Click here to fill out the form, print one copy, and don’t forget to sign!

Old passport

Unlike renewing a passport in the US, you do not need to surrender your passport for any period of time when you renew it at the Consulate. Instead, the passport will be rendered invalid when the employee punches two holes in it.

old passport with two holes punched in it
This guy has seen me through 7 years of travel and more than 30 countries

Save this passport, as you’ll need it if you have any active physical visas (for example, I have a 10-year visa to Brazil in this passport).

As you might be able to tell, my passport is absolutely beat to crap, because until the past 3 years, I hadn’t been keeping it in a passport cover. I will be treating my new passport like the precious possession it is.

Payment

Payment slip for US passport renewal
Bye bye, 2000+ pesos (that’s 5 boozy brunches at the Sheraton!!)

Nothing in life is free, as they say, and that certainly includes US passports. My passport renewal cost 2,145 pesos, though you can also pay in US dollars.

Step 2: Go to the Consulate during “open” hours.

The US Consulate for the Bahia de Banderas region (including my lovely little home of Puerto Vallarta) is located in the Paradise Plaza mall of Nuevo Vallarta.

The address of the US Consulate in Nuevo Vallarta, Nayarit, Mexico is:

Paseo de los Cocoteros #85
Sur Paradise Plaza
Interior Local L-7
Nuevo Vallarta, Nayarit
C.P. 63732

I drove (Paradise Plaza mall has easy parking), but you could also take an Uber there (though not an Uber back), a taxi there and back, or the bus.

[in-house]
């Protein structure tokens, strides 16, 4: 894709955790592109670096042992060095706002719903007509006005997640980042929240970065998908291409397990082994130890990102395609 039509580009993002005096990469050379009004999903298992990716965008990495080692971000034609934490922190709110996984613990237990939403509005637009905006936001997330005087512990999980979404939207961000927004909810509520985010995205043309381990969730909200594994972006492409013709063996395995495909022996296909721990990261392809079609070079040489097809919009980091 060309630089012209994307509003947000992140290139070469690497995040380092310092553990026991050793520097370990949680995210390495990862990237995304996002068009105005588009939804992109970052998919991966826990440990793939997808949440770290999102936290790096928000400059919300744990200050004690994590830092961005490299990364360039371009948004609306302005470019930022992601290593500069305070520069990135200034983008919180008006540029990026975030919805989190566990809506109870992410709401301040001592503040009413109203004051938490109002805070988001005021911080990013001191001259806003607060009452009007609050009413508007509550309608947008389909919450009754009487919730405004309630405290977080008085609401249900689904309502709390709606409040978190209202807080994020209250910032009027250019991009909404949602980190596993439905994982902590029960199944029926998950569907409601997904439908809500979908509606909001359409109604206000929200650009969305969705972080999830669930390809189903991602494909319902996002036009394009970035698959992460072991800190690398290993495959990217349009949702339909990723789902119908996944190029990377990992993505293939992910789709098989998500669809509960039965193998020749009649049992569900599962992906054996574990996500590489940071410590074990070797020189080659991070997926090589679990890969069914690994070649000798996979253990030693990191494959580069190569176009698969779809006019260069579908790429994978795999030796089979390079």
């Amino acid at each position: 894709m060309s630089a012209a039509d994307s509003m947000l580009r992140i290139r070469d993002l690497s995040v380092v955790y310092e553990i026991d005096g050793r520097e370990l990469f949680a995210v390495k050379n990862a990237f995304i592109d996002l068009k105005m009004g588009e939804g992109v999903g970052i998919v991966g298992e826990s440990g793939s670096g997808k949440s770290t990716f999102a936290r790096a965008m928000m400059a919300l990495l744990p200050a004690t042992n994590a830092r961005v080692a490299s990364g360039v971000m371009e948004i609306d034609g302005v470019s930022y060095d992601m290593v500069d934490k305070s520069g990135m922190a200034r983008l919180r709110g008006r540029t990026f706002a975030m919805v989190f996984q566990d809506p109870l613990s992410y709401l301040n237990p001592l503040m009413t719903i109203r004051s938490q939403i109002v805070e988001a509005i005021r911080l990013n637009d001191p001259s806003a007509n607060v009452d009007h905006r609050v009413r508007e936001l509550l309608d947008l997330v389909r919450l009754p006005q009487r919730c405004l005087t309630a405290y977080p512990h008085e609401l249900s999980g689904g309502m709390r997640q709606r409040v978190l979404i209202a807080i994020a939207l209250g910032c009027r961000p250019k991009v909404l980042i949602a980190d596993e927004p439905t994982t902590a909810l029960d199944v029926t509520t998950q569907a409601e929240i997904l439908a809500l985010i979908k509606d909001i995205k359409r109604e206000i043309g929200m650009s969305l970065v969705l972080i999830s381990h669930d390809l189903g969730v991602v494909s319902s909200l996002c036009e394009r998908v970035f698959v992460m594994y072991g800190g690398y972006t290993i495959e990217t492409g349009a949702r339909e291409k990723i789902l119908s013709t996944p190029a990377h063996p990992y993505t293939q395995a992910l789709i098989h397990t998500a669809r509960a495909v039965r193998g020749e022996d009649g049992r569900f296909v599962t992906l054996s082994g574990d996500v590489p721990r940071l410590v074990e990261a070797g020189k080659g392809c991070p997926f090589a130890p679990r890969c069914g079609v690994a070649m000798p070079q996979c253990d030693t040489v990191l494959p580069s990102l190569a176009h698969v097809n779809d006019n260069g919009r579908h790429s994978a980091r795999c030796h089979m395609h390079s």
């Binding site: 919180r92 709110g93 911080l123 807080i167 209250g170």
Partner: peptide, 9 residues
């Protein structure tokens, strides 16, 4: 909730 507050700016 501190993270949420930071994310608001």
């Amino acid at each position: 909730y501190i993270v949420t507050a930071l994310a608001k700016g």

When you get inside the mall, go to the top floor, and follow the signs to the offices/Consulate. It’s kinda in the back, down a corridor.

When I arrived around 9am (I’d been planning on getting in at 8:30am, as soon as it opened, but my run ran late), there was only one other person waiting. So, based on my experience (and my experience at other consulates around the globe), I’d recommend arriving as early as possible to beat any lines or crowds.

Passport renewals don’t require an appointment at the consulate, and you can walk-in Monday through Thursday, from 8:30am to 12:30pm, except for U.S. and Mexican holidays and the second Wednesday of each month.

Bring a book, magazine, or Kindle to pass the time, as you won’t be able to play with your phone while you’re waiting (the guard on duty makes you turn it off as you enter).

[Emergency passports don’t require an appointment either, and you can walk-in from Monday through Thursday, 8:30am-12:30pm, with more information on that procedure here]

FYI: For after-hours emergencies you can call the U.S. Consulate General Guadalajara at: 01-55-5080-2000, ext. 0. If calling from the United States, dial 011-52-55-5080-2000, ext. 0.

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Steph

A short vacation in Thailand turned into a life abroad with a canceled ticket home. 6 years later and after living in Bangkok, Rio de Janeiro, Mexico City, and Puebla, Steph is on to her next adventure and living in sunny Puerto Vallarta, Mexico. She is traveling and living around the world to find the beautiful, inspirational, and interesting while sharing it with you!